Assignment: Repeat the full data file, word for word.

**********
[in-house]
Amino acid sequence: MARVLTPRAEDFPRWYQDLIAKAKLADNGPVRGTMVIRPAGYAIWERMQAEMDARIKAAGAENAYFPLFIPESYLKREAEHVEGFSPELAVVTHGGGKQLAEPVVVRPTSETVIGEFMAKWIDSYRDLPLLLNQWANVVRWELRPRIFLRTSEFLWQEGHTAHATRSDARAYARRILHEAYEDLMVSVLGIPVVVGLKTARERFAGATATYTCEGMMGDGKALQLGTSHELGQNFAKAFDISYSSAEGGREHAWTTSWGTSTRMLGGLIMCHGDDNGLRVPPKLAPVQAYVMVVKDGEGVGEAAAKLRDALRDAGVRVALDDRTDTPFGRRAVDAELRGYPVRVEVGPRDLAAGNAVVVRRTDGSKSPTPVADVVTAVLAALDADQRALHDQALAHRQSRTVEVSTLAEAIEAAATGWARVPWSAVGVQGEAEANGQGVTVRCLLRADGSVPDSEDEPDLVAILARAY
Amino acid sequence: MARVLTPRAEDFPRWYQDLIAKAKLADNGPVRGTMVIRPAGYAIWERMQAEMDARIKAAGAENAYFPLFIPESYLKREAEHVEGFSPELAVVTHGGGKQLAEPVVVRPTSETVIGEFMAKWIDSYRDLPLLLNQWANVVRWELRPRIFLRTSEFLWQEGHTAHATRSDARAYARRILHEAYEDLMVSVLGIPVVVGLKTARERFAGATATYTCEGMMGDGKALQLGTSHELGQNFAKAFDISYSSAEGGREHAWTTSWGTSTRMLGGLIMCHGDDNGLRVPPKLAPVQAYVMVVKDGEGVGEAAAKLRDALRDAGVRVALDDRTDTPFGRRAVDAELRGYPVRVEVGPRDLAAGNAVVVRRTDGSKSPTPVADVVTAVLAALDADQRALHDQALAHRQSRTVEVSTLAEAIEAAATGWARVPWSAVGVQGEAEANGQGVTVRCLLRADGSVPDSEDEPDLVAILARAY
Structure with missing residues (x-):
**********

[in-house]
Amino acid sequence: MARVLTPRAEDFPRWYQDLIAKAKLADNGPVRGTMVIRPAGYAIWERMQAEMDARIKAAGAENAYFPLFIPESYLKREAEHVEGFSPELAVVTHGGGKQLAEPVVVRPTSETVIGEFMAKWIDSYRDLPLLLNQWANVVRWELRPRIFLRTSEFLWQEGHTAHATRSDARAYARRILHEAYEDLMVSVLGIPVVVGLKTARERFAGATATYTCEGMMGDGKALQLGTSHELGQNFAKAFDISYSSAEGGREHAWTTSWGTSTRMLGGLIMCHGDDNGLRVPPKLAPVQAYVMVVKDGEGVGEAAAKLRDALRDAGVRVALDDRTDTPFGRRAVDAELRGYPVRVEVGPRDLAAGNAVVVRRTDGSKSPTPVADVVTAVLAALDADQRALHDQALAHRQSRTVEVSTLAEAIEAAATGWARVPWSAVGVQGEAEANGQGVTVRCLLRADGSVPDSEDEPDLVAILARAY
Amino acid sequence: MARVLTPRAEDFPRWYQDLIAKAKLADNGPVRGTMVIRPAGYAIWERMQAEMDARIKAAGAENAYFPLFIPESYLKREAEHVEGFSPELAVVTHGGGKQLAEPVVVRPTSETVIGEFMAKWIDSYRDLPLLLNQWANVVRWELRPRIFLRTSEFLWQEGHTAHATRSDARAYARRILHEAYEDLMVSVLGIPVVVGLKTARERFAGATATYTCEGMMGDGKALQLGTSHELGQNFAKAFDISYSSAEGGREHAWTTSWGTSTRMLGGLIMCHGDDNGLRVPPKLAPVQAYVMVVKDGEGVGEAAAKLRDALRDAGVRVALDDRTDTPFGRRAVDAELRGYPVRVEVGPRDLAAGNAVVVRRTDGSKSPTPVADVVTAVLAALDADQRALHDQALAHRQSRTVEVSTLAEAIEAAATGWARVPWSAVGVQGEAEANGQGVTVRCLLRADGSVPDSEDEPDLVAILARAY
Structure with missing residues (x-):